saramark 1 acre homesteaders

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    We are in Maine, and get really cold winters. Are pigs able to keep warm enough, what age are they able to withstand colder temps? Isn't watering a big pain in the neck in the winter. The hens are enclosed and insulated, but we hadn't considered what to do with the pig this time of year. Any ideas on if this will work in Maine, when would be the latest to buy one, and what we could expect to pay in this area? Thanks again, as usual, now I have to rethink everything. Out with normal, I am what Joel Salatin would call a "nudist buddhist" odd on multiple fronts, but I love farming home style.
     
  9. Firefly

    Firefly Well-Known Member

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    Yes they are, although I agree about the water, UGH! Man, I hate those 7am slogs through the snow with a sledful of milk jugs! :grump: Check out Highlands' blog http://www.sugarmtnfarm.com/blog/ , he's in upper VT and raises them outside all year. Expect to pay $50-75 around here.
     
  10. Up North

    Up North KS dairy farmers

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    We live where there are long, cold winter also. As long as pigs have a pile of hay deep enough to burrow into they have no problem keeping warm. We kept our hogs in a 3 sided shelter with hay in it all winter. When the weather got really nasty we would plunk a round bale in front of their shelter to make sure they could get out of the wind. I would feel secure about getting a 50 lb. weaner any time of the year and not worry about it getting too cold. Our first batch of piglets was born the end of November with no extra heat source of any kind. Never lost one piglet. In fact the sow hid them under the hay for two days before I discovered they were even born! In my opinion, watering hogs in the winter doesn't get any easier. Trust me, I've dragged hoses through waste deep snow to all sorts of critters. They don't drink alot compared to other animals. For us, two 5 gallon buckets twice a day is good enough for 4 large pigs. There was always some water to spare. For winter watering I would suggest getting one of those huge pliable rubber feeders. That way when the water freezes in there you just tip it over and jump on it. The ice pops right out. With keeping hogs when the ground is frozen you don't have to worry about them digging out of their pen, no smell, and no wallow or worrying about them stroking out on those 100 degree days.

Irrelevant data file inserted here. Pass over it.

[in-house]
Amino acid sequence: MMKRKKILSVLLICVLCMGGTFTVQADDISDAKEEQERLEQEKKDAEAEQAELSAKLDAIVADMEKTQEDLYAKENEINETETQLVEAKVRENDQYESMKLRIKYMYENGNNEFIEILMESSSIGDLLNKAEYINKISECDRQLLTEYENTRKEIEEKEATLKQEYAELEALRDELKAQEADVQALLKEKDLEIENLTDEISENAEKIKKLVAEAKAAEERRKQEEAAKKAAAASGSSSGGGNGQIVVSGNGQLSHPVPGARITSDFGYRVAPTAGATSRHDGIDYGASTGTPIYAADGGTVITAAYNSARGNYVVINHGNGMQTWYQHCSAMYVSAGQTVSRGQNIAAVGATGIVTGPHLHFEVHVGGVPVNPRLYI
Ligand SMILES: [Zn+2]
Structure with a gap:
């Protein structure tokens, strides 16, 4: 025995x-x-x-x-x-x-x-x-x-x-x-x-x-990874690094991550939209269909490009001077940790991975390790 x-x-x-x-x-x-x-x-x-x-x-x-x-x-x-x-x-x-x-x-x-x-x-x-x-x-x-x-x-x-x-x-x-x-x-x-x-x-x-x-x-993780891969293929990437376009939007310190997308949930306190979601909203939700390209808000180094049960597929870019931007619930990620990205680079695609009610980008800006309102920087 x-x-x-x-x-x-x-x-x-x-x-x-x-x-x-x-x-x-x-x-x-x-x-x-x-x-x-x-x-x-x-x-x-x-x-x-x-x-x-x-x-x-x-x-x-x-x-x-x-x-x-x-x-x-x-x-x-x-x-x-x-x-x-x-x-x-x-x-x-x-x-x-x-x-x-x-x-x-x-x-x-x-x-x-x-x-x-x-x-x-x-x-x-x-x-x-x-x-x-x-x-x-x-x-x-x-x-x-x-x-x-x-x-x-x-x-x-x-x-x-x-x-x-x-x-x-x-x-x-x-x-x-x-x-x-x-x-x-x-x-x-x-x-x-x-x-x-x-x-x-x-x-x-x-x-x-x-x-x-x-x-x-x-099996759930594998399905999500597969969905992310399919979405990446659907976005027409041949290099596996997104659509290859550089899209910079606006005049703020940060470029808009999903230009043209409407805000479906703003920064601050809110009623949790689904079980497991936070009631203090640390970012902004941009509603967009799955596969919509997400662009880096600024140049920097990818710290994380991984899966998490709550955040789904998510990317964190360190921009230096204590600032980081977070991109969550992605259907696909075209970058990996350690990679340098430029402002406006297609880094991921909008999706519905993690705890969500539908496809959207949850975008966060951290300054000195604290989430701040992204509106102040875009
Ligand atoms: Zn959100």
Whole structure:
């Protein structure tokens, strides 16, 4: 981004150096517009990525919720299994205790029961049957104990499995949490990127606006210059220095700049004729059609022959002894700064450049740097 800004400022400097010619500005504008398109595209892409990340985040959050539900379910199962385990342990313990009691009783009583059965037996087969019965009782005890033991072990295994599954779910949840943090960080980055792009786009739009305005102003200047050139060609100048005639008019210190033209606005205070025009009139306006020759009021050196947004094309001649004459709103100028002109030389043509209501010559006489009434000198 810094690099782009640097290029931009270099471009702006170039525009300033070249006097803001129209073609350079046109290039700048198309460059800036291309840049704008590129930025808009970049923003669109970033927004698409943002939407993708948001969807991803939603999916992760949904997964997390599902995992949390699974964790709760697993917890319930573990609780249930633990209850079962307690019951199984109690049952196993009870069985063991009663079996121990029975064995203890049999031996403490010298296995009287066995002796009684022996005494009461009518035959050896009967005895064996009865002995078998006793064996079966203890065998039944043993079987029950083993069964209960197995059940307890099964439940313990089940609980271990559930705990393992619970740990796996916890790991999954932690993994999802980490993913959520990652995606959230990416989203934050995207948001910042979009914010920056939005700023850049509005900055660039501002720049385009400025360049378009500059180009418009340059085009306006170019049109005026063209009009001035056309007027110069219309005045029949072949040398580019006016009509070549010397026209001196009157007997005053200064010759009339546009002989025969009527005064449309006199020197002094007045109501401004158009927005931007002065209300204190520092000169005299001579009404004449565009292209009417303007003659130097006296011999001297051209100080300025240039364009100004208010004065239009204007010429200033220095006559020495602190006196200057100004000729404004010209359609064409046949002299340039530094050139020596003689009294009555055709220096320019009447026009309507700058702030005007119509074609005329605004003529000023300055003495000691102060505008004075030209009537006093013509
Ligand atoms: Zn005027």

Heather
     
  11. busybee870

    busybee870 Well-Known Member

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    Well Good Luck With The Wood Pen, Mine Tore The Door Off His. It Was Pallet. He Escaped We Got Him Back, Used Sticks To Prod Him Back Where He Needed To Be. Hes In A Wire Pen, Some Wire We Got From An Auction, He Found A Weak Spot The Other Day And Was Making An Escape Hatch. Yep Its Time For Him To Go To Freezer Camp. Hes 300+ Lbs
     
  12. farmergirl

    farmergirl Well-Known Member Supporter

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    Only problem you might have is that the grown hogs like to chew on the fence boards sometimes :(
     
  13. saramark

    saramark 1 acre homesteaders

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    would this be a problem with chewing boards at a younger age. I am planning 200-225 before butchering
     
  14. CountryMamaof5

    CountryMamaof5 Well-Known Member

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    My young pigs chewed a little on a stick but they mostly were looking for greens. They love roots. I doubt little pigs would chew much on wood .They seem to sleep too much in the sun to worry about wood. I have mine near a wood chicken coop and they haven't messed with it and i have had them 2 weeks
     
  15. Horace Baker

    Horace Baker Well-Known Member

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    I wouldn't worry about it, pigs can chew on wire, too, if they're inclined to. If you're really worried, don't leave any spaces in the boards and they won't have an edge to get started on. Shouldn't be much of a problem, though.